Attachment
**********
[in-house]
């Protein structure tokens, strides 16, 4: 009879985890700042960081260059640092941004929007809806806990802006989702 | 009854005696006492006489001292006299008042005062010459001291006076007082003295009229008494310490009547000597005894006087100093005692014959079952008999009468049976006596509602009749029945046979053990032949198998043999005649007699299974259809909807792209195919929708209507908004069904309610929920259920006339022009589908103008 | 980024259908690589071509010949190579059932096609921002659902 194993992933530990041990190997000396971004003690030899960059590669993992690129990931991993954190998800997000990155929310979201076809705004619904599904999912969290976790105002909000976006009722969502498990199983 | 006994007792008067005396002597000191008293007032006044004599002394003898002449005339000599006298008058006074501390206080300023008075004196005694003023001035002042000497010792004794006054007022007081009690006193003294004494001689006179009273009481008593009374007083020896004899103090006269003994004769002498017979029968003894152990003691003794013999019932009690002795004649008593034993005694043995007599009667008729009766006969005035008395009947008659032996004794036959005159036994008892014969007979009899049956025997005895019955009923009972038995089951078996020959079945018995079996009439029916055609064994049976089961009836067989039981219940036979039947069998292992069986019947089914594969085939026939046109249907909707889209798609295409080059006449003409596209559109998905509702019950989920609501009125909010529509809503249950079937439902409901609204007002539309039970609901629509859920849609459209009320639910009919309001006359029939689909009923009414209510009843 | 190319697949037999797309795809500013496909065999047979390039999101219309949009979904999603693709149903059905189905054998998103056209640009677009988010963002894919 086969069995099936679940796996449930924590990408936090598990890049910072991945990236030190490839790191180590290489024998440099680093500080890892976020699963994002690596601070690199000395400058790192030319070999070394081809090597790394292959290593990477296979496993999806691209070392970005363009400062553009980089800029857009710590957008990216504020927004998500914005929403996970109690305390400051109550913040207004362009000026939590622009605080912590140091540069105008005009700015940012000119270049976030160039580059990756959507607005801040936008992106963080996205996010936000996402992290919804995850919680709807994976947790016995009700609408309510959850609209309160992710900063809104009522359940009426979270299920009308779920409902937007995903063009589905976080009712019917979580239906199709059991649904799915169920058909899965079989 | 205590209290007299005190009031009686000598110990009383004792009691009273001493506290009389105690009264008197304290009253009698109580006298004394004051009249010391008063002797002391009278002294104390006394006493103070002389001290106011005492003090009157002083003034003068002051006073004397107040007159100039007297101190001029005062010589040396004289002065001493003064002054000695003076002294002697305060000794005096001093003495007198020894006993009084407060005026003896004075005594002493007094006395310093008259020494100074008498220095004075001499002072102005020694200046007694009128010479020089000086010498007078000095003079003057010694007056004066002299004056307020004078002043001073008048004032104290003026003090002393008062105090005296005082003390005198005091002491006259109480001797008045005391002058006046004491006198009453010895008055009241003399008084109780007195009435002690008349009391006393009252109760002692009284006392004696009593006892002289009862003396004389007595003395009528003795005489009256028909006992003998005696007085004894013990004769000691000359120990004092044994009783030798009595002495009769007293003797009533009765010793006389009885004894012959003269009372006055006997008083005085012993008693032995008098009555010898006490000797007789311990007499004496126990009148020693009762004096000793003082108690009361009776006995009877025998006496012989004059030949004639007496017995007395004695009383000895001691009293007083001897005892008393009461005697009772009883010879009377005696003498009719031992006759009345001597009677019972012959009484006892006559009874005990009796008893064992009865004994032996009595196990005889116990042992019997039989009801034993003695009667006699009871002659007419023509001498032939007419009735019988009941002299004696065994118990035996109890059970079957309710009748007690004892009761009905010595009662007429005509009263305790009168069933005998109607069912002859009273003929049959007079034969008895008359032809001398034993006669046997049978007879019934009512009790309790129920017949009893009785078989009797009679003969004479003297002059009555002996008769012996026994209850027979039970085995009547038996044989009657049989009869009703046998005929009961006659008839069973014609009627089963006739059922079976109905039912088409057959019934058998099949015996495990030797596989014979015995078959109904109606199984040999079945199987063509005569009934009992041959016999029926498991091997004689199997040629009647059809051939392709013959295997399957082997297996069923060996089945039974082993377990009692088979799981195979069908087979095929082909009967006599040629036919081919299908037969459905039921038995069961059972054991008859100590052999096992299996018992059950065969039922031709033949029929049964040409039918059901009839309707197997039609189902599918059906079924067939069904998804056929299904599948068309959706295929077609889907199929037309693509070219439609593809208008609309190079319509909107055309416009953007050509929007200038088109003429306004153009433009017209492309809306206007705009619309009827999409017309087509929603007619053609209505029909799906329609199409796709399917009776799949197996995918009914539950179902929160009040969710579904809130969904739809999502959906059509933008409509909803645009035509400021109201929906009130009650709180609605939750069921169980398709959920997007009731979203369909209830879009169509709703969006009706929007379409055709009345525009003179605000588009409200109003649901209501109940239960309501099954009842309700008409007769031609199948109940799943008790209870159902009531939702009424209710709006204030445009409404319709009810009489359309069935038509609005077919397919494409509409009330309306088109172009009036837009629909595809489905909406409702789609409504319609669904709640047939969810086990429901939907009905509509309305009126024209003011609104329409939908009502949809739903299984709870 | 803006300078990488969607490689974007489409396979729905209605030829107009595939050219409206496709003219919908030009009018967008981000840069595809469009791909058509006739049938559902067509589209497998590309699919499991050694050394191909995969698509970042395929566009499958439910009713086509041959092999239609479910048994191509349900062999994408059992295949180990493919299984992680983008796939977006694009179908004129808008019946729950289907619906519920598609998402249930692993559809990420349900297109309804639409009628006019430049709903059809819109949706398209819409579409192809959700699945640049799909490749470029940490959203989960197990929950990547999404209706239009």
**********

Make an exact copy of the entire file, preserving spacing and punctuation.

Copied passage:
[in-house]
């Protein structure tokens, strides 16, 4: 009879985890700042960081260059640092941004929007809806806990802006989702 | 009854005696006492006489001292006299008042005062010459001291006076007082003295009229008494310490009547000597005894006087100093005692014959079952008999009468049976006596509602009749029945046979053990032949198998043999005649007699299974259809909807792209195919929708209507908004069904309610929920259920006339022009589908103008 | 980024259908690589071509010949190579059932096609921002659902 194993992933530990041990190997000396971004003690030899960059590669993992690129990931991993954190998800997000990155929310979201076809705004619904599904999912969290976790105002909000976006009722969502498990199983 | 006994007792008067005396002597000191008293007032006044004599002394003898002449005339000599006298008058006074501390206080300023008075004196005694003023001035002042000497010792004794006054007022007081009690006193003294004494001689006179009273009481008593009374007083020896004899103090006269003994004769002498017979029968003894152990003691003794013999019932009690002795004649008593034993005694043995007599009667008729009766006969005035008395009947008659032996004794036959005159036994008892014969007979009899049956025997005895019955009923009972038995089951078996020959079945018995079996009439029916055609064994049976089961009836067989039981219940036979039947069998292992069986019947089914594969085939026939046109249907909707889209798609295409080059006449003409596209559109998905509702019950989920609501009125909010529509809503249950079937439902409901609204007002539309039970609901629509859920849609459209009320639910009919309001006359029939689909009923009414209510009843 | 190319697949037999797309795809500013496909065999047979390039999101219309949009979904999603693709149903059905189905054998998103056209640009677009988010963002894919 086969069995099936679940796996449930924590990408936090598990890049910072991945990236030190490839790191180590290489024998440099680093500080890892976020699963994002690596601070690199000395400058790192030319070999070394081809090597790394292959290593990477296979496993999806691209070392970005363009400062553009980089800029857009710590957008990216504020927004998500914005929403996970109690305390400051109550913040207004362009000026939590622009605080912590140091540069105008005009700015940012000119270049976030160039580059990756959507607005801040936008992106963080996205996010936000996402992290919804995850919680709807994976947790016995009700609408309510959850609209309160992710900063809104009522359940009426979270299920009308779920409902937007995903063009589905976080009712019917979580239906199709059991649904799915169920058909899965079989 | 205590209290007299005190009031009686000598110990009383004792009691009273001493506290009389105690009264008197304290009253009698109580006298004394004051009249010391008063002797002391009278002294104390006394006493103070002389001290106011005492003090009157002083003034003068002051006073004397107040007159100039007297101190001029005062010589040396004289002065001493003064002054000695003076002294002697305060000794005096001093003495007198020894006993009084407060005026003896004075005594002493007094006395310093008259020494100074008498220095004075001499002072102005020694200046007694009128010479020089000086010498007078000095003079003057010694007056004066002299004056307020004078002043001073008048004032104290003026003090002393008062105090005296005082003390005198005091002491006259109480001797008045005391002058006046004491006198009453010895008055009241003399008084109780007195009435002690008349009391006393009252109760002692009284006392004696009593006892002289009862003396004389007595003395009528003795005489009256028909006992003998005696007085004894013990004769000691000359120990004092044994009783030798009595002495009769007293003797009533009765010793006389009885004894012959003269009372006055006997008083005085012993008693032995008098009555010898006490000797007789311990007499004496126990009148020693009762004096000793003082108690009361009776006995009877025998006496012989004059030949004639007496017995007395004695009383000895001691009293007083001897005892008393009461005697009772009883010879009377005696003498009719031992006759009345001597009677019972012959009484006892006559009874005990009796008893064992009865004994032996009595196990005889116990042992019997039989009801034993003695009667006699009871002659007419023509001498032939007419009735019988009941002299004696065994118990035996109890059970079957309710009748007690004892009761009905010595009662007429005509009263305790009168069933005998109607069912002859009273003929049959007079034969008895008359032809001398034993006669046997049978007879019934009512009790309790129920017949009893009785078989009797009679003969004479003297002059009555002996008769012996026994209850027979039970085995009547038996044989009657049989009869009703046998005929009961006659008839069973014609009627089963006739059922079976109905039912088409057959019934058998099949015996495990030797596989014979015995078959109904109606199984040999079945199987063509005569009934009992041959016999029926498991091997004689199997040629009647059809051939392709013959295997399957082997297996069923060996089945039974082993377990009692088979799981195979069908087979095929082909009967006599040629036919081919299908037969459905039921038995069961059972054991008859100590052999096992299996018992059950065969039922031709033949029929049964040409039918059901009839309707197997039609189902599918059906079924067939069904998804056929299904599948068309959706295929077609889907199929037309693509070219439609593809208008609309190079319509909107055309416009953007050509929007200038088109003429306004153009433009017209492309809306206007705009619309009827999409017309087509929603007619053609209505029909799906329609199409796709399917009776799949197996995918009914539950179902929160009040969710579904809130969904739809999502959906059509933008409509909803645009035509400021109201929906009130009650709180609605939750069921169980398709959920997007009731979203369909209830879009169509709703969006009706929007379409055709009345525009003179605000588009409200109003649901209501109940239960309501099954009842309700008409007769031609199948109940799943008790209870159902009531939702009424209710709006204030445009409404319709009810009489359309069935038509609005077919397919494409509409009330309306088109172009009036837009629909595809489905909406409702789609409504319609669904709640047939969810086990429901939907009905509509309305009126024209003011609104329409939908009502949809739903299984709870 | 803006300078990488969607490689974007489409396979729905209605030829107009595939050219409206496709003219919908030009009018967008981000840069595809469009791909058509006739049938559902067509589209497998590309699919499991050694050394191909995969698509970042395929566009499958439910009713086509041959092999239609479910048994191509349900062999994408059992295949180990493919299984992680983008796939977006694009179908004129808008019946729950289907619906519920598609998402249930692993559809990420349900297109309804639409009628006019430049709903059809819109949706398209819409579409192809959700699945640049799909490749470029940490959203989960197990929950990547999404209706239009």